15 years: Many fields have developed and adopted provenance standards, and these are supported by all of the leading machine learning and data mining toolkits. Most fields have shared, durable data repositories, and those repositories have well-exercised methods for making updates and extensions to the standards and testing how well machine learning and data mining systems handle updates and extensions.
Explanation and Interpretablity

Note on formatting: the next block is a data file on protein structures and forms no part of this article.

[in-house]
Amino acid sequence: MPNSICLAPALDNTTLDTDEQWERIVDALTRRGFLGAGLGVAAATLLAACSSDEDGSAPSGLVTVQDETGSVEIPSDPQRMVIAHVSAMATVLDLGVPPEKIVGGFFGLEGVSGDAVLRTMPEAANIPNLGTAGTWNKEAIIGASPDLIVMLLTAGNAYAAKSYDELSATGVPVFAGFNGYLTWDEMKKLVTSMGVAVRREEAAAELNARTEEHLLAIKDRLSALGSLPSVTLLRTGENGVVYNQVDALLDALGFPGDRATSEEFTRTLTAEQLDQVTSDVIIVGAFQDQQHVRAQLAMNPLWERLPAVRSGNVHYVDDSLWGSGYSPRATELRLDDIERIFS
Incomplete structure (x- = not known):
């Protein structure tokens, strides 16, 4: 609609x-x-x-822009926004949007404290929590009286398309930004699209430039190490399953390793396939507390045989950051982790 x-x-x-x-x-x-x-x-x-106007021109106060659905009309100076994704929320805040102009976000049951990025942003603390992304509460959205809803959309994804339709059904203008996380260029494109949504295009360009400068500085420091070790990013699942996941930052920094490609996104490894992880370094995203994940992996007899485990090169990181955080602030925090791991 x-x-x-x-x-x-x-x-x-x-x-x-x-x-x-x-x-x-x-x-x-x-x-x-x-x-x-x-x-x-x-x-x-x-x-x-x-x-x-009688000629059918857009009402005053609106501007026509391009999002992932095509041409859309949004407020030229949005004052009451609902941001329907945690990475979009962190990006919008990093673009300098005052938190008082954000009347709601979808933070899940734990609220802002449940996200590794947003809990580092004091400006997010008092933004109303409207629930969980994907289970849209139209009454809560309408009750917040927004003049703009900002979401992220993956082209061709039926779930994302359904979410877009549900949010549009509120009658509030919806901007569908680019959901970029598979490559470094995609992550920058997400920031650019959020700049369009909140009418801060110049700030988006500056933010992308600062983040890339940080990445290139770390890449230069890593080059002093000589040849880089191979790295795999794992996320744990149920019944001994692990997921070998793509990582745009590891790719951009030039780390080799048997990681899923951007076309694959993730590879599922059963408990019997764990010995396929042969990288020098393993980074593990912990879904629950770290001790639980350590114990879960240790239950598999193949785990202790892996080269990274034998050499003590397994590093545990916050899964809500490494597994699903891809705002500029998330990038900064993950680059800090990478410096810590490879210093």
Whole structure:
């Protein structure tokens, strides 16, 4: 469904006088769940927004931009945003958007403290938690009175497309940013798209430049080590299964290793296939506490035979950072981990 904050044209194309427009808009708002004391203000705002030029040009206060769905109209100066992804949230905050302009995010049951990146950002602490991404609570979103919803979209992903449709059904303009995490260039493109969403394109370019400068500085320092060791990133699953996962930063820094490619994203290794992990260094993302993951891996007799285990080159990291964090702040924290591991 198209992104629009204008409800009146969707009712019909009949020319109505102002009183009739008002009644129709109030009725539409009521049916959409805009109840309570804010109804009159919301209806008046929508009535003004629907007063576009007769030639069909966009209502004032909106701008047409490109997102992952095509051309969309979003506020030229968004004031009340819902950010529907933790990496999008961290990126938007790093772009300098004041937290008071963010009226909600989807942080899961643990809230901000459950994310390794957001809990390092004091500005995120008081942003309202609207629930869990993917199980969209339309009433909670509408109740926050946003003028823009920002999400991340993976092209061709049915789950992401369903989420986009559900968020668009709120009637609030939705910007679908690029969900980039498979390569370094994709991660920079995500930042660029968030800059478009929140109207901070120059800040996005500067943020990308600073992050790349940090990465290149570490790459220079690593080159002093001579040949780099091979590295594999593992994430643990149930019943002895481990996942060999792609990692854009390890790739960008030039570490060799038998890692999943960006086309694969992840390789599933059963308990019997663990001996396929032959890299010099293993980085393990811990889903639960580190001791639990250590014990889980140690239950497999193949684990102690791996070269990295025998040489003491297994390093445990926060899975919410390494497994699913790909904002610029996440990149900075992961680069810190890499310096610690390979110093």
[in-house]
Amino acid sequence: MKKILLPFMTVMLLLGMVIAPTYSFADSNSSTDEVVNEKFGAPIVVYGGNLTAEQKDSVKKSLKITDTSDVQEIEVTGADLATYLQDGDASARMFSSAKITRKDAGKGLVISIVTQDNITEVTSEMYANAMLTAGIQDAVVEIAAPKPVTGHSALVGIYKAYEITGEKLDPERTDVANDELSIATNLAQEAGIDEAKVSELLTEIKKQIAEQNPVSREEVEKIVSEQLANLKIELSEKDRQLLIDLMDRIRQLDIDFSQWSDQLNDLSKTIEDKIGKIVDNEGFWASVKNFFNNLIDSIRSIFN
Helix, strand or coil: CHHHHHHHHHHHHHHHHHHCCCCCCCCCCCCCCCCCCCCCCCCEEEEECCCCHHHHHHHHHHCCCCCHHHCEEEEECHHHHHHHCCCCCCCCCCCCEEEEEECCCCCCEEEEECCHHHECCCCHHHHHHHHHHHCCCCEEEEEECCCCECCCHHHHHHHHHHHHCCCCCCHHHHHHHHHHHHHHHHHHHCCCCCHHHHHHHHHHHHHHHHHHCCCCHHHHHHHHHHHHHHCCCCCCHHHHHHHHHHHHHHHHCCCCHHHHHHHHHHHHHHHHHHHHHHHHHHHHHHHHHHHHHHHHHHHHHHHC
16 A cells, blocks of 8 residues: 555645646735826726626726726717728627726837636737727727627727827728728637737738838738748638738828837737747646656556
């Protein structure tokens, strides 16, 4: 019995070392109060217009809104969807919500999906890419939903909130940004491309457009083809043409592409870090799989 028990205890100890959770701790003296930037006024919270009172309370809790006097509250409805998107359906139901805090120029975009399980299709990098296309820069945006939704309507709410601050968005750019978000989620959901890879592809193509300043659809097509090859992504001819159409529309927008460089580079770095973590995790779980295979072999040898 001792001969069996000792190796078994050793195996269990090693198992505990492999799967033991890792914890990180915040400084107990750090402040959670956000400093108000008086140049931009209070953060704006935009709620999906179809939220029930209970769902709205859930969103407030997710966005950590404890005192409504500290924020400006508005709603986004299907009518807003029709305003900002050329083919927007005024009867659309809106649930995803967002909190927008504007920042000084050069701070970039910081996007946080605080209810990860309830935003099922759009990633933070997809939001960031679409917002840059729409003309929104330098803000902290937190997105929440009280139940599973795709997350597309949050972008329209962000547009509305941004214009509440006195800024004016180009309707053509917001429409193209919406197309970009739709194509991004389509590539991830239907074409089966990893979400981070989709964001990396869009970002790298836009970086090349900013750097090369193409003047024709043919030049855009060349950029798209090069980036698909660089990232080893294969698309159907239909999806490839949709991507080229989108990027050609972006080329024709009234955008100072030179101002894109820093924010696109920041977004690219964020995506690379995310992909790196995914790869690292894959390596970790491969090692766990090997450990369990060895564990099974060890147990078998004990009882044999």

An important technical challenge is to create interpretable, explainable machine learning methods. A model is interpretable if a person can inspect it and easily predict how it will respond to an input query or to changes in such a query. This relates also to agency, which is the idea that the user should retain enough understanding in order to retain control over decisions that are implied by a model. An explanation is some form of presentation (e.g., an argument, a sequence of inference steps, a visualization) that similarly allows a person to predict how the system will respond to changes in the query. In addition to being able to make query-specific predictions of model behavior, we often want an overall explanation. For example, we might want to know that a face recognition system always ignores the person’s hair or that a pedestrian detection system is never fooled by shadows. Answering questions like this in the context of complex models such as deep neural networks is an open research topic. A primary reason for the success of deep neural networks is their ability to discover intermediate representations that bridge the gap between the inputs and the outputs. These intermediate representations, discussed in the previous section, rarely take on a form that a human can understand. An active research direction seeks to assist humans in understanding the functioning of neural networks, for example, through visualization.